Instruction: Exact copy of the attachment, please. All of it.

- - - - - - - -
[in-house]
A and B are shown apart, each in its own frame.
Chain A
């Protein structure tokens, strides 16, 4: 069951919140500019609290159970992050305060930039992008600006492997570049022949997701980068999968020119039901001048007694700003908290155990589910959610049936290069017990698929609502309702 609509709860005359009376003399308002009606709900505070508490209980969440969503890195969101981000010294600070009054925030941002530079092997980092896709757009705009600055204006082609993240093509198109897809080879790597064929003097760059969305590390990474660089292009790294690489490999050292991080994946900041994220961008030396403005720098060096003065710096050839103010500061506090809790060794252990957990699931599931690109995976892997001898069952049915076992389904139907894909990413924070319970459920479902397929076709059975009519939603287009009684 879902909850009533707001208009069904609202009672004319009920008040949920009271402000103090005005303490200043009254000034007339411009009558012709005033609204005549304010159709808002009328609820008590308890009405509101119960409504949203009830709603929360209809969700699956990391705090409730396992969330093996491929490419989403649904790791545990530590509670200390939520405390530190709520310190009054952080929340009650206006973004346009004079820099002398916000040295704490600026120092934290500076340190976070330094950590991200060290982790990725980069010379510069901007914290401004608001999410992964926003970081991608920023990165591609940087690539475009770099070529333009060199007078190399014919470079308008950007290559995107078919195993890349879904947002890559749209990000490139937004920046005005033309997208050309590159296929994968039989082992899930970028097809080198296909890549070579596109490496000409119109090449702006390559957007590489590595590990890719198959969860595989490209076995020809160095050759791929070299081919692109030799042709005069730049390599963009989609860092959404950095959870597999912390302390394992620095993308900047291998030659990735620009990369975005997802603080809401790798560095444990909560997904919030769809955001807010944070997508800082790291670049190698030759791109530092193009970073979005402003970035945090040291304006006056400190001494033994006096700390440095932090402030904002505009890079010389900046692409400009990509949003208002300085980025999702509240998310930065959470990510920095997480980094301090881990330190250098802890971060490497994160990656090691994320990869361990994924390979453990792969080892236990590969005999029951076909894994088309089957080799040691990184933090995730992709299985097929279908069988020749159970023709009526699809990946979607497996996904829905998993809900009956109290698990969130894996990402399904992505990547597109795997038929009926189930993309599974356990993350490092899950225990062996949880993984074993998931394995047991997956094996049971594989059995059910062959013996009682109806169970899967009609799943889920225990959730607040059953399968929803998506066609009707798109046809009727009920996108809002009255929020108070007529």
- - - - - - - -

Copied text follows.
[in-house]
A and B are shown apart, each in its own frame.
Chain A
């Protein structure tokens, strides 16, 4: 069951919140500019609290159970992050305060930039992008600006492997570049022949997701980068999968020119039901001048007694700003908290155990589910959610049936290069017990698929609502309702 609509709860005359009376003399308002009606709900505070508490209980969440969503890195969101981000010294600070009054925030941002530079092997980092896709757009705009600055204006082609993240093509198109897809080879790597064929003097760059969305590390990474660089292009790294690489490999050292991080994946900041994220961008030396403005720098060096003065710096050839103010500061506090809790060794252990957990699931599931690109995976892997001898069952049915076992389904139907894909990413924070319970459920479902397929076709059975009519939603287009009684 879902909850009533707001208009069904609202009672004319009920008040949920009271402000103090005005303490200043009254000034007339411009009558012709005033609204005549304010159709808002009328609820008590308890009405509101119960409504949203009830709603929360209809969700699956990391705090409730396992969330093996491929490419989403649904790791545990530590509670200390939520405390530190709520310190009054952080929340009650206006973004346009004079820099002398916000040295704490600026120092934290500076340190976070330094950590991200060290982790990725980069010379510069901007914290401004608001999410992964926003970081991608920023990165591609940087690539475009770099070529333009060199007078190399014919470079308008950007290559995107078919195993890349879904947002890559749209990000490139937004920046005005033309997208050309590159296929994968039989082992899930970028097809080198296909890549070579596109490496000409119109090449702006390559957007590489590595590990890719198959969860595989490209076995020809160095050759791929070299081919692109030799042709005069730049390599963009989609860092959404950095959870597999912390302390394992620095993308900047291998030659990735620009990369975005997802603080809401790798560095444990909560997904919030769809955001807010944070997508800082790291670049190698030759791109530092193009970073979005402003970035945090040291304006006056400190001494033994006096700390440095932090402030904002505009890079010389900046692409400009990509949003208002300085980025999702509240998310930065959470990510920095997480980094301090881990330190250098802890971060490497994160990656090691994320990869361990994924390979453990792969080892236990590969005999029951076909894994088309089957080799040691990184933090995730992709299985097929279908069988020749159970023709009526699809990946979607497996996904829905998993809900009956109290698990969130894996990402399904992505990547597109795997038929009926189930993309599974356990993350490092899950225990062996949880993984074993998931394995047991997956094996049971594989059995059910062959013996009682109806169970899967009609799943889920225990959730607040059953399968929803998506066609009707798109046809009727009920996108809002009255929020108070007529």